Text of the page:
Thurston and I quickly became fast friends. We were both record geeks with a penchant for the more extreme ends of hardcore punk and metal, and we both saw an interesting overlap between hardcore’s grind and the tripping, droning harmonics of avant garde music. We went to a lot of shows together, mostly stuff like Motörhead, Black Flag, Void, Iron Cross, things like that.
Thurston and his owl-ish girlfriend, Kim, lived in a shattered, smashed corner of the Lower East Side, what was then a no-go zone except for the heartiest and most intrepid pioneers. I remember that their flat was pale blue, long, and trapped between lightless tenement airshafts. They had terribly interesting friends who made odd films and strange, skeletal music. Thurston never seemed to have any money, and since I was actively working as a journalist at this time I would occasionally hire him to transcribe my interview cassettes at the fairly generous rate of ten bucks a side, which seems steep, even now.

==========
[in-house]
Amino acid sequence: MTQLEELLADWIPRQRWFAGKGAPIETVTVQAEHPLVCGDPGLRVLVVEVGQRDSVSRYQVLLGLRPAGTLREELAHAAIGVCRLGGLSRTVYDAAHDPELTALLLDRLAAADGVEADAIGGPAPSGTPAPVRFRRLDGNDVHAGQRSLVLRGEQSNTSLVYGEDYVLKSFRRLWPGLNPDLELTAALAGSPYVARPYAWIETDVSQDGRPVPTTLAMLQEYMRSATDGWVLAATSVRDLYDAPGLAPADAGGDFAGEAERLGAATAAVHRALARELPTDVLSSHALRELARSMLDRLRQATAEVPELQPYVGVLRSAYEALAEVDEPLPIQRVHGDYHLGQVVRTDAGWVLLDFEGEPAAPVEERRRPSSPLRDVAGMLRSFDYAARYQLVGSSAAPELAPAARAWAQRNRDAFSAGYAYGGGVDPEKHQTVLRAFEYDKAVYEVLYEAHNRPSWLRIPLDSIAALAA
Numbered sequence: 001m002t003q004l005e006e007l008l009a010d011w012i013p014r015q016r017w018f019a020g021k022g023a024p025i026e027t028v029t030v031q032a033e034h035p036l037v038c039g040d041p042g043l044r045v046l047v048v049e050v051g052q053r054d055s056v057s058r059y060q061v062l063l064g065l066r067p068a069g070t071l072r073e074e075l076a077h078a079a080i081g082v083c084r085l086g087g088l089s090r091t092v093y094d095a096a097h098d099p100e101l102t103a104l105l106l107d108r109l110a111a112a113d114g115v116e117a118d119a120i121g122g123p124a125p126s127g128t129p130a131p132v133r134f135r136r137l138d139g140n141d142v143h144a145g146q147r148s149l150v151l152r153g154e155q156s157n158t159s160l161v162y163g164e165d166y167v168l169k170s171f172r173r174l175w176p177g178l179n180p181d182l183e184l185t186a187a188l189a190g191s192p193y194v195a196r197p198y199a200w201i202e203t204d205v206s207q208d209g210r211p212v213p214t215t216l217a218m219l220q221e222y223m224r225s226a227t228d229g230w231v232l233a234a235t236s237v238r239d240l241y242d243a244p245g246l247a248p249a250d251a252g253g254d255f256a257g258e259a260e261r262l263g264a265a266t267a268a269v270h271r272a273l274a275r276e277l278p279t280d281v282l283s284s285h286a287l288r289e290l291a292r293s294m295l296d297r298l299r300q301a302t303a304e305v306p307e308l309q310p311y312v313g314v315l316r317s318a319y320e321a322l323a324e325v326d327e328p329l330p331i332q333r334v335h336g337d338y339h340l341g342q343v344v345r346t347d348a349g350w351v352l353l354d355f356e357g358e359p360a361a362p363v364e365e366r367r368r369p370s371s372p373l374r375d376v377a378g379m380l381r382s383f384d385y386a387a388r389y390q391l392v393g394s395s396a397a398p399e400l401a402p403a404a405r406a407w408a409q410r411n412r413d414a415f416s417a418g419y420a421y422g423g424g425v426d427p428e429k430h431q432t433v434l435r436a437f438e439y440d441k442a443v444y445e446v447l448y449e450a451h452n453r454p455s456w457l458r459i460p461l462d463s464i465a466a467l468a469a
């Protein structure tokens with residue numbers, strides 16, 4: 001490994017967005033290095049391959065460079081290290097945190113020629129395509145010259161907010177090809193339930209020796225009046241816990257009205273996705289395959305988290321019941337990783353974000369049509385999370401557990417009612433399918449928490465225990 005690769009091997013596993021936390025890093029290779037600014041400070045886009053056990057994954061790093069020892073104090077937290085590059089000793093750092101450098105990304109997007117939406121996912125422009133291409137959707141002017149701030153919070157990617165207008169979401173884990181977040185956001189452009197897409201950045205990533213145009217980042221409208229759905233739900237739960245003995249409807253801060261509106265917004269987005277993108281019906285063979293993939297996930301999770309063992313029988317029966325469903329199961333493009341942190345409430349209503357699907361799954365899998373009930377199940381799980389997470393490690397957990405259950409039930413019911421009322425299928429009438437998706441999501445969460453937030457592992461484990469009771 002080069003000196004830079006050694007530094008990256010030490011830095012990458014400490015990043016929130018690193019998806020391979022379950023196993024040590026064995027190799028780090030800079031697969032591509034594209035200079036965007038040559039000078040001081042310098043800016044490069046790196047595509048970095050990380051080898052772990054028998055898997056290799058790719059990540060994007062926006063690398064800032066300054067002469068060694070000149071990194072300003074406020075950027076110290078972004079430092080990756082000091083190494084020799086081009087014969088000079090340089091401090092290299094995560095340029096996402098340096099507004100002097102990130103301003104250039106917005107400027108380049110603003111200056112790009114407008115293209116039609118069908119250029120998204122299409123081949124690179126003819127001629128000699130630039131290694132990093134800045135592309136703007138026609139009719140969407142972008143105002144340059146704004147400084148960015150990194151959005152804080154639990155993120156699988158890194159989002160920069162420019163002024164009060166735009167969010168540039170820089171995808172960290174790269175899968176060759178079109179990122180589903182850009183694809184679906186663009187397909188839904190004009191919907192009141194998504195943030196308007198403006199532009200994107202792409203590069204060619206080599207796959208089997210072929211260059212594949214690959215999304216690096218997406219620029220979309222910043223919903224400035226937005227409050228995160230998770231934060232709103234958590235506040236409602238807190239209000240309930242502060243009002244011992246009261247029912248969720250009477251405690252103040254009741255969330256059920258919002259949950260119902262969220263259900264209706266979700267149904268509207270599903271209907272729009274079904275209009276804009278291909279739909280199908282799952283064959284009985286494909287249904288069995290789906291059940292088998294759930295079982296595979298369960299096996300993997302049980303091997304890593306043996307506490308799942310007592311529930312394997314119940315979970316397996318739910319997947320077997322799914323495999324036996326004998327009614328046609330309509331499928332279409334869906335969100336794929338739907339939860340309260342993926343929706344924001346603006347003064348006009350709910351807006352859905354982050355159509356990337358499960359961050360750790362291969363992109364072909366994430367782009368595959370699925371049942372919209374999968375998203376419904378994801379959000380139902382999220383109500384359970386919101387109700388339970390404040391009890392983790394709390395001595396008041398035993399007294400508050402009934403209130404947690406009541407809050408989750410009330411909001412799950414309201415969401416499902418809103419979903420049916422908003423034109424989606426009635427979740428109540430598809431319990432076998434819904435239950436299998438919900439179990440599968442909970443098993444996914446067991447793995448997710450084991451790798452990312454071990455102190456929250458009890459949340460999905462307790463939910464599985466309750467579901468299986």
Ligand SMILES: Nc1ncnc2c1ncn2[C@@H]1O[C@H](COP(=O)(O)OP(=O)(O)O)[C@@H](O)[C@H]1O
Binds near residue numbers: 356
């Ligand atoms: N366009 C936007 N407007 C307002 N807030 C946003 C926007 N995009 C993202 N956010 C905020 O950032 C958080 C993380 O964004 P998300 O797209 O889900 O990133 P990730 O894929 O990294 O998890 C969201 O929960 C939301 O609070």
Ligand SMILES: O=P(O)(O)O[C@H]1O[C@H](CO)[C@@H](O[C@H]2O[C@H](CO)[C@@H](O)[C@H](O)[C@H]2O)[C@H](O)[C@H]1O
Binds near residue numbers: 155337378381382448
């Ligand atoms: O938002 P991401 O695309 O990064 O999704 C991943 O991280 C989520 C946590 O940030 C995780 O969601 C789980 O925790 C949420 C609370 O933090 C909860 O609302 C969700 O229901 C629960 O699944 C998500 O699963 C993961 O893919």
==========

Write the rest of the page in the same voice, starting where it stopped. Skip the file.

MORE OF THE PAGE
Simultaneously with our time in Even Worse, I was writing a great deal for The Village Voice. My editor at The Voice was the legendary Robert Christgau. He was very generous with his time, wisdom, and skill. I would often tell my friends how fond I was of him. This seemed to especially annoy Thurston, since Christgau had given a negative review to Sonic Youth’s first EP.
In their early years (’81 – ’83), Sonic Youth were pretty much the world’s greatest rock’n’roll band. They were a raucous, chanting, shrieking subway-screech meets refrigerator-drone blend of Branca’s apocalyptic, scraping guitar and hardcore punk’s thrash and rumble. Live, their sound was often so feral that it was reduced to nothing more than a gorgeous, courageous, and ridiculous rhythm and noise.
They were also universally pretty unpopular in those years; the contemporary rock critic cognoscenti despised their disorganization and anti-pop, and they usually played in front of tiny audiences. At the time, I was virtually the only mainstream music journalist writing anything positive about Sonic Youth.